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Medications and Vision Cheat Sheet (DRAFT) by [deleted]

Medications and Vision

This is a draft cheat sheet. It is a work in progress and is not finished yet.


The use of all five senses­—vi­sion, hearing, taste, smell, and touch—­allows humans to process everything occurring in the world around them.1 However, with increased age, sensory changes that can negatively impact an indivi­dual's quality of life often occur. Additi­onally, the use of certain medica­tions can further impair senses, which can be especially troubl­esome for aging adults who generally have high rates of polyph­armacy and increasing frailty


The risk of low vision (ie, where some usable vision remains) and blindness increases signif­icantly with age, partic­ularly in those over the age of 65.2,3 The most common age-re­lated eye diseases include the follow­ing4:

glaucoma, which leads to peripheral vision loss;
age-re­lated macular degene­ration, which leads to central vision loss;
diabetic retino­pathy, which leads to a spotty field of vision;
cataracts, which lead to blurring, clouding of images, sensit­ivity to light, and decreased contrast differ­ent­iation; and
dry eye, which creates insuff­icient tear produc­tion, making vision­-re­lated activities more difficult.

Vision: Factors

A number of factors, including disease and medication use, can result in vision impairment and impact the overall health and well-being of older adults. Some of the potential negative impacts include the following:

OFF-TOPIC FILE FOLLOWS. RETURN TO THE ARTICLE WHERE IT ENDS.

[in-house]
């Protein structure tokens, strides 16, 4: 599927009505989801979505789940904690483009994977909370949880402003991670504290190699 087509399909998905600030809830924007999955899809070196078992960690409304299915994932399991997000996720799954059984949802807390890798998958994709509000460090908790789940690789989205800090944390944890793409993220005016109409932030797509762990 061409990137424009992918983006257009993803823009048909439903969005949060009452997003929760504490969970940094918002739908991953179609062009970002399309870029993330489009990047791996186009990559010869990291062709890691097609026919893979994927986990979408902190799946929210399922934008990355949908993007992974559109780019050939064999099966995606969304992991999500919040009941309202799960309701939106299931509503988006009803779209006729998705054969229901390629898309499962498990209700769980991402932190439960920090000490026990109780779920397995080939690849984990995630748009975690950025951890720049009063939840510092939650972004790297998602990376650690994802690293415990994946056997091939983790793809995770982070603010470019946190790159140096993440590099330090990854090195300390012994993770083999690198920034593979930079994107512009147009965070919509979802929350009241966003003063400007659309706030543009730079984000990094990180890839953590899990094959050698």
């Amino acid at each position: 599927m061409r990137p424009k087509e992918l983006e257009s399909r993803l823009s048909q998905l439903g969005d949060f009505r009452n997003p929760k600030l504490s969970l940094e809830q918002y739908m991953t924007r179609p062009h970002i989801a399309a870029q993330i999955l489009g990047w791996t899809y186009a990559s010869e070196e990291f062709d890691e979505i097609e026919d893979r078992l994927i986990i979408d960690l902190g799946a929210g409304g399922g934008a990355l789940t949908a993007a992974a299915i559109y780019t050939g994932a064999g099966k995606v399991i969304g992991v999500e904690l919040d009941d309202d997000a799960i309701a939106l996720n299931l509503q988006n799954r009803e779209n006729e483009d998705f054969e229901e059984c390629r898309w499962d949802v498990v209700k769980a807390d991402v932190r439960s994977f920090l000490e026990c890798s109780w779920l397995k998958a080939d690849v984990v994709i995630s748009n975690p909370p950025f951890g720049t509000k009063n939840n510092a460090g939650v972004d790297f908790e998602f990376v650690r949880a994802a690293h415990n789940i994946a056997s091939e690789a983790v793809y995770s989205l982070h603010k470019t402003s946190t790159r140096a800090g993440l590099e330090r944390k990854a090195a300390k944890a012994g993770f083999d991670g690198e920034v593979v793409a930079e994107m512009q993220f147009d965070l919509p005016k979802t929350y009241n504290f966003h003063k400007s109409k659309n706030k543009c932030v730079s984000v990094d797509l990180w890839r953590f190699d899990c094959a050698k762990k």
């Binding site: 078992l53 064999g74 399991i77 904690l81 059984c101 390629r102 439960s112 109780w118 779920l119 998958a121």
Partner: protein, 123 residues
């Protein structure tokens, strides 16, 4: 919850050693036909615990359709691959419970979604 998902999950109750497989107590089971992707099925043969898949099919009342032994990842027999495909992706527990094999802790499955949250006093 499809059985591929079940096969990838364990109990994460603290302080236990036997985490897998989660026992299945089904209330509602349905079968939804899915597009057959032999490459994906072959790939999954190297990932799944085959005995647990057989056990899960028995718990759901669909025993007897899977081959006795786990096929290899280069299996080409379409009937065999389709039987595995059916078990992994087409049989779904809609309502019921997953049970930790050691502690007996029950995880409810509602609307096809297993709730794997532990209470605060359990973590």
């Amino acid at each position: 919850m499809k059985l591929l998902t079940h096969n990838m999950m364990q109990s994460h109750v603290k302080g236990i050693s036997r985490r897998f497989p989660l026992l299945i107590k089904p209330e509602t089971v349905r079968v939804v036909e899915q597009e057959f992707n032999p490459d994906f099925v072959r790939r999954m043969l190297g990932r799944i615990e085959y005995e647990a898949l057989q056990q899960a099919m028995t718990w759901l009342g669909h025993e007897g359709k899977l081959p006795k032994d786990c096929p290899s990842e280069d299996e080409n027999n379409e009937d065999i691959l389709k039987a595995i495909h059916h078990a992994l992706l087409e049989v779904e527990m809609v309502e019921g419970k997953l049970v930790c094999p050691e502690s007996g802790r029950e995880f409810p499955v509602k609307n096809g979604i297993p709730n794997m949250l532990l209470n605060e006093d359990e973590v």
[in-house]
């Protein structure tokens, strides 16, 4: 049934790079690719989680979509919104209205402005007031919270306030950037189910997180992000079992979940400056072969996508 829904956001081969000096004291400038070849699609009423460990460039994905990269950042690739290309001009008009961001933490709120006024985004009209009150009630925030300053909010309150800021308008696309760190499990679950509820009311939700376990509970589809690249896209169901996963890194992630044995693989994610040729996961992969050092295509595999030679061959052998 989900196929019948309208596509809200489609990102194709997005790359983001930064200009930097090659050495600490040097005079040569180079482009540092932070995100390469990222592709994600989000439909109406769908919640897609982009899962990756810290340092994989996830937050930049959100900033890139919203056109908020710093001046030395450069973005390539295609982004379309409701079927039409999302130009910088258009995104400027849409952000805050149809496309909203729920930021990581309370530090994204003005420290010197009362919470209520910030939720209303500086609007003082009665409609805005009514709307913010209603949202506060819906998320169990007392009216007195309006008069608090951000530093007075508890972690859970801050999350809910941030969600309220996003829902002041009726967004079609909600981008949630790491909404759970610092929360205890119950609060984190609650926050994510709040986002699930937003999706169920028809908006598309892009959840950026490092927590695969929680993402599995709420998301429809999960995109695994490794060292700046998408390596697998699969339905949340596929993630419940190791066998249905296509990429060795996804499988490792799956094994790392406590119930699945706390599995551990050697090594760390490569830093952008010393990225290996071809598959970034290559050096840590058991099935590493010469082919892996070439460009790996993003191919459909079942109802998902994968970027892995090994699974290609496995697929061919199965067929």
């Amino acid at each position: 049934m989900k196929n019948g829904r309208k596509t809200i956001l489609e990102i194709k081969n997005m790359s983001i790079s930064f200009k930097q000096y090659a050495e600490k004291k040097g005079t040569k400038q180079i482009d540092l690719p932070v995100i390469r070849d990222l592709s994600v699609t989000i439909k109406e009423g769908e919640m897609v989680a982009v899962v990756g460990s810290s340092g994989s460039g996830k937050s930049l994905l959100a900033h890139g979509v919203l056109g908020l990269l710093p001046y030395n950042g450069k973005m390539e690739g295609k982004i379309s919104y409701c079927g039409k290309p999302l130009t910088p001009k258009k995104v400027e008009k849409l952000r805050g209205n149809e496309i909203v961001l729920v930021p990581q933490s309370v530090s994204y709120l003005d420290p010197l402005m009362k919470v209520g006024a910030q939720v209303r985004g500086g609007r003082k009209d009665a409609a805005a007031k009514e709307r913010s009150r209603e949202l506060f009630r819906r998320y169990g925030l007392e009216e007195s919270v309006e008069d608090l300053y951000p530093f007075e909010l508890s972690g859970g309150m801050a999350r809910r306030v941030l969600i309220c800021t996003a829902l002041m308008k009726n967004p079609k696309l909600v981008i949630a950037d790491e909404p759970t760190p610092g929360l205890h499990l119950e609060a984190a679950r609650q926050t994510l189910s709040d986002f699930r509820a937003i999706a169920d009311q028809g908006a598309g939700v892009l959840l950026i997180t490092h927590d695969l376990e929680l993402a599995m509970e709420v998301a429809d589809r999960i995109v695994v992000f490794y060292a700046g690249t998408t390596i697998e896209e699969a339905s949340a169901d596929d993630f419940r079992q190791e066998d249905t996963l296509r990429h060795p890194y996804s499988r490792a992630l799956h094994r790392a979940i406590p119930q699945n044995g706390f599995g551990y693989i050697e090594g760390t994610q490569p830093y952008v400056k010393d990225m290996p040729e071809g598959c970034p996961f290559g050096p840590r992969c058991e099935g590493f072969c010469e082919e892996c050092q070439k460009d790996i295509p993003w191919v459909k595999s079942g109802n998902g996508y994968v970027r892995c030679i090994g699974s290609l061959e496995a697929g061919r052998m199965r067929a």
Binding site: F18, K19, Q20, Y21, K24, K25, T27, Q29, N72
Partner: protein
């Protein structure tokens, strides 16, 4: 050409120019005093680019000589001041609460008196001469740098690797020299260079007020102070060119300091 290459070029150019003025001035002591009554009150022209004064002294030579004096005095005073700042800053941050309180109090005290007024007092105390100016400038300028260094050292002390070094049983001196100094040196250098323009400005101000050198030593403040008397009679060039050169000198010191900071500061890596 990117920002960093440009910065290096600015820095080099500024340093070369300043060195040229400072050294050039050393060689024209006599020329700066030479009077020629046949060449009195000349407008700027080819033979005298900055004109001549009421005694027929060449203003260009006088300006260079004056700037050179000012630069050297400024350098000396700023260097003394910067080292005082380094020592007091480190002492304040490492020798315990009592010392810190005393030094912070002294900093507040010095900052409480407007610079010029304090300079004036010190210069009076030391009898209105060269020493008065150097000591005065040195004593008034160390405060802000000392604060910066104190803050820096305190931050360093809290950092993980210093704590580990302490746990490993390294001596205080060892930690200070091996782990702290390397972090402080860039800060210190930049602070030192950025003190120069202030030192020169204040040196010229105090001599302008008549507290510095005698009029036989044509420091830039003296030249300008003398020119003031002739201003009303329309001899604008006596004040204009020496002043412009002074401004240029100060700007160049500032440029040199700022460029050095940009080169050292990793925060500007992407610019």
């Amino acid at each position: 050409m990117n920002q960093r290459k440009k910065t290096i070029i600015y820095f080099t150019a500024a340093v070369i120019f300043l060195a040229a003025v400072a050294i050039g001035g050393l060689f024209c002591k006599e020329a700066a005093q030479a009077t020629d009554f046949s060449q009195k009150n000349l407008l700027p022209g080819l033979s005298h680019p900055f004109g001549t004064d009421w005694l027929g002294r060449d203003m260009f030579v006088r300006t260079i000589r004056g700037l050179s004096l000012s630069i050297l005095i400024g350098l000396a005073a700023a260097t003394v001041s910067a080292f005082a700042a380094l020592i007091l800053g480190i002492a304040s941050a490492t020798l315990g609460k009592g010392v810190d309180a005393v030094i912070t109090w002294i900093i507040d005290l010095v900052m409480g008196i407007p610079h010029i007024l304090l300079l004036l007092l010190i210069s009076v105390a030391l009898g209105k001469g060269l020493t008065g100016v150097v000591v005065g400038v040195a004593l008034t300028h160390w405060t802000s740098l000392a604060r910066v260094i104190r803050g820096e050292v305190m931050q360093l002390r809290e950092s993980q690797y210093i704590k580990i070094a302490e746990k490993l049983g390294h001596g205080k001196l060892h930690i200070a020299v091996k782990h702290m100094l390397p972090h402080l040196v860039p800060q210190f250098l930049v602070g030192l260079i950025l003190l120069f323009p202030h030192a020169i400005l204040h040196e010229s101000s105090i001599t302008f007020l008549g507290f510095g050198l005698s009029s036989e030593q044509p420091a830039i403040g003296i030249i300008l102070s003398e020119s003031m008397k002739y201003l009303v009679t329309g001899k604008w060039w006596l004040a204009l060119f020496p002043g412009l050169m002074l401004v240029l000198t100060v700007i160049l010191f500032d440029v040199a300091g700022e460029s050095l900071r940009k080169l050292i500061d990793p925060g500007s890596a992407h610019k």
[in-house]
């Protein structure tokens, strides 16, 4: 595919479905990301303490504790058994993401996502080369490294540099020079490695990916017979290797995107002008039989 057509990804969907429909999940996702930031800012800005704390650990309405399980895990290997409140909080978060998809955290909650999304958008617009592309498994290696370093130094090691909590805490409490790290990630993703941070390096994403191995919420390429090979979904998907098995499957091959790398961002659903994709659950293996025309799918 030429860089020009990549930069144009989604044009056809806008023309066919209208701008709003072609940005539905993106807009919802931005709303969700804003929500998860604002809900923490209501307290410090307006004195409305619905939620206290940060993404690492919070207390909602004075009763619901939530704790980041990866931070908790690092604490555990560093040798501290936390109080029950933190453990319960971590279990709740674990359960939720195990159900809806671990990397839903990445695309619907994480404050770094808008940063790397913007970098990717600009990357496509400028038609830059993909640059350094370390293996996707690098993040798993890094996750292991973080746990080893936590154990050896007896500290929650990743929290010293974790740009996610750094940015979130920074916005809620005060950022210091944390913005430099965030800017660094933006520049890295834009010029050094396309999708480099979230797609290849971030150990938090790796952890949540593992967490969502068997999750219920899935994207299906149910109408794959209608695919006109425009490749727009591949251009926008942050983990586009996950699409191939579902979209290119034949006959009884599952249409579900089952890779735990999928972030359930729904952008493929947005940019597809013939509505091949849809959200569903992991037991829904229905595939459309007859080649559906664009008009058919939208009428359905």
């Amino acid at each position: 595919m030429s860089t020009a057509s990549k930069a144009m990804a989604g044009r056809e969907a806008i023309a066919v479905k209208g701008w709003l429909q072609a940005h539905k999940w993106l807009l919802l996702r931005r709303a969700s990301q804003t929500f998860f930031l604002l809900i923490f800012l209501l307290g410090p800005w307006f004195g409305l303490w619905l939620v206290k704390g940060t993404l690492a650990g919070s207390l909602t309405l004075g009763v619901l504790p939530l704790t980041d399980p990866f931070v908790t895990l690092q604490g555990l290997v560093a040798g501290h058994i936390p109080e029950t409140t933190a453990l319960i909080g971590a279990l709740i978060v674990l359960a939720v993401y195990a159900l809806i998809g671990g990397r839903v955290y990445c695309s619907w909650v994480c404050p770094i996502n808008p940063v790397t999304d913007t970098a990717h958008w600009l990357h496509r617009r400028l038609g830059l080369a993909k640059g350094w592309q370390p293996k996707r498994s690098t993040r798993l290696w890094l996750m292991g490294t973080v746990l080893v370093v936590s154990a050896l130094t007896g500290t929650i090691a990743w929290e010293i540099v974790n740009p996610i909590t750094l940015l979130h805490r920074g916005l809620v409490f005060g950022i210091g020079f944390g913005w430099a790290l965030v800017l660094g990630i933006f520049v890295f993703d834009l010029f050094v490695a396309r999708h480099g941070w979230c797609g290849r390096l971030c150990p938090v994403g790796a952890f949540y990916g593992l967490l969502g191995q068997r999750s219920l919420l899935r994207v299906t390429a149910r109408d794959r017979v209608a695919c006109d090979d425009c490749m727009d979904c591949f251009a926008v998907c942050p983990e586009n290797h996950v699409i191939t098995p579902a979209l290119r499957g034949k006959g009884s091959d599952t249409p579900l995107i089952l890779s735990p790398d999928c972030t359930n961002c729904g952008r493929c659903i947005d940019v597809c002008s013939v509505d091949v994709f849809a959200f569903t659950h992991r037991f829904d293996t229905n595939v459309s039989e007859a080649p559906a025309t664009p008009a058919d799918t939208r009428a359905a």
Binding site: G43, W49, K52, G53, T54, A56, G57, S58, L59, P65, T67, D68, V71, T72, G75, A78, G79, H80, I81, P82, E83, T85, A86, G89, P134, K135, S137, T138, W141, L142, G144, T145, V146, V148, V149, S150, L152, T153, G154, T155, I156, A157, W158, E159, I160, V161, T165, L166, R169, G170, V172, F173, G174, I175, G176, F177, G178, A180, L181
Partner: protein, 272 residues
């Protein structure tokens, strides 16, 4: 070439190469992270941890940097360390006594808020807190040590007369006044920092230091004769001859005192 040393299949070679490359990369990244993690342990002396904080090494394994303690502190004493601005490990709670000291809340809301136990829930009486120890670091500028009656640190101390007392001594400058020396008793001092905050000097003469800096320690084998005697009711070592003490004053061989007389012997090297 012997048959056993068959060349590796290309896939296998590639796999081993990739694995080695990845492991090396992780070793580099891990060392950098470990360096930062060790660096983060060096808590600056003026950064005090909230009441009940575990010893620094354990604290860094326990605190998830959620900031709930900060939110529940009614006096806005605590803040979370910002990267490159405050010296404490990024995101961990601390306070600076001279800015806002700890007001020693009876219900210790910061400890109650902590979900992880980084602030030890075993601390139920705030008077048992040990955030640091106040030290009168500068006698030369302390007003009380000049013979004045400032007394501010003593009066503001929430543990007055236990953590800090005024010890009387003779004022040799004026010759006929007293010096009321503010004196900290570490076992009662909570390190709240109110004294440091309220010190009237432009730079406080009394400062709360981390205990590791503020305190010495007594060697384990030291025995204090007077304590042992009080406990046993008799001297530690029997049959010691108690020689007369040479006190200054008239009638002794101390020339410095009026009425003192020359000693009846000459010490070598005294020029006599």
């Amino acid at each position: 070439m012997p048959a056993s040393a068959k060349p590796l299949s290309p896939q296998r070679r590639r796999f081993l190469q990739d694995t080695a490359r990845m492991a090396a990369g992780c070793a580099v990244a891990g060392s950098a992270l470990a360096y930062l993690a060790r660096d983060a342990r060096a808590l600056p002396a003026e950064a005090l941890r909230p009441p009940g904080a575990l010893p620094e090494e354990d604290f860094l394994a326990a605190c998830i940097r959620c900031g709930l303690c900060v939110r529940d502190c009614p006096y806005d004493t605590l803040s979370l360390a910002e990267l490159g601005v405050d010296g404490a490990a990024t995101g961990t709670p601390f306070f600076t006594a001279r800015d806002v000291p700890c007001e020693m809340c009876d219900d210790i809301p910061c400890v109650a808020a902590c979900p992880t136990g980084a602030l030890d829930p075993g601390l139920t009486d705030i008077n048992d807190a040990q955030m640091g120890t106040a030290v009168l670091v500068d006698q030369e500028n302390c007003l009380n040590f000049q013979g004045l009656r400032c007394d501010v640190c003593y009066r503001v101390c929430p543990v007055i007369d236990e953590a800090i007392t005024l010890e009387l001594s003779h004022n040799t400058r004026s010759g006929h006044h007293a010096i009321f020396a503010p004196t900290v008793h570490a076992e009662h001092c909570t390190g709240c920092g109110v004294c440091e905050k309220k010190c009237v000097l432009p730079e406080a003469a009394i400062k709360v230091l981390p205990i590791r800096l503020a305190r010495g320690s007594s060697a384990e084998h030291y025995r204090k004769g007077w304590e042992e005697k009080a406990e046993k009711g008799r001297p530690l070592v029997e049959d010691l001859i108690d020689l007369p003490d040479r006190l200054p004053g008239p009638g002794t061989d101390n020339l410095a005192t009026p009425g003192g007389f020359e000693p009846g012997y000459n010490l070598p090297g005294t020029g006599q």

increased risk of falls and fractures, leading to hospital or nursing home placement, increased disabi­lity, and premature death;
increased risk of depres­sion;
increased difficulty identi­fying medica­tions, which can lead to medica­tio­n-r­elated adverse events; and
declines in activities of daily living.


Medica­tions can impact vision in various ways, including the following:

Antich­oli­nergic side effects that lead to blurred vision or changes in perception (eg, antihi­sta­mines, gastro­int­estinal medica­tions, certain antide­pre­ssants, antips­ych­otics, and others­)3-6;
Worsening glaucoma (eg, steroids, antich­oli­ner­gics, and medica­tions with antich­oli­nergic side effects, sulfa-­based medica­tions, and others­)3,6;
Contri­buting to or worsening macular degene­ration (eg, phenyl­eph­rine, long-term NSAID use, niacin, quinine, and others­)3,4;
Increasing cataract formation (eg, steroids, long-term NSAID use, antips­ych­otics, glaucoma medica­tions, and others­)3,4; and
Causing visual distur­bances such as visual halluc­ina­tions (eg, as may occur with antich­oli­nergic syndrome,5 benzod­iaz­epines, and others6).
Patients most frequently complain of decreased acuity, xanthopsia (yellow colored vision), chroma­topsia (abnormal coloration of objects), photopsias (sparkles of light in the vision field), photop­hobia (light sensit­ivity), and blind spots near the center of the vision.7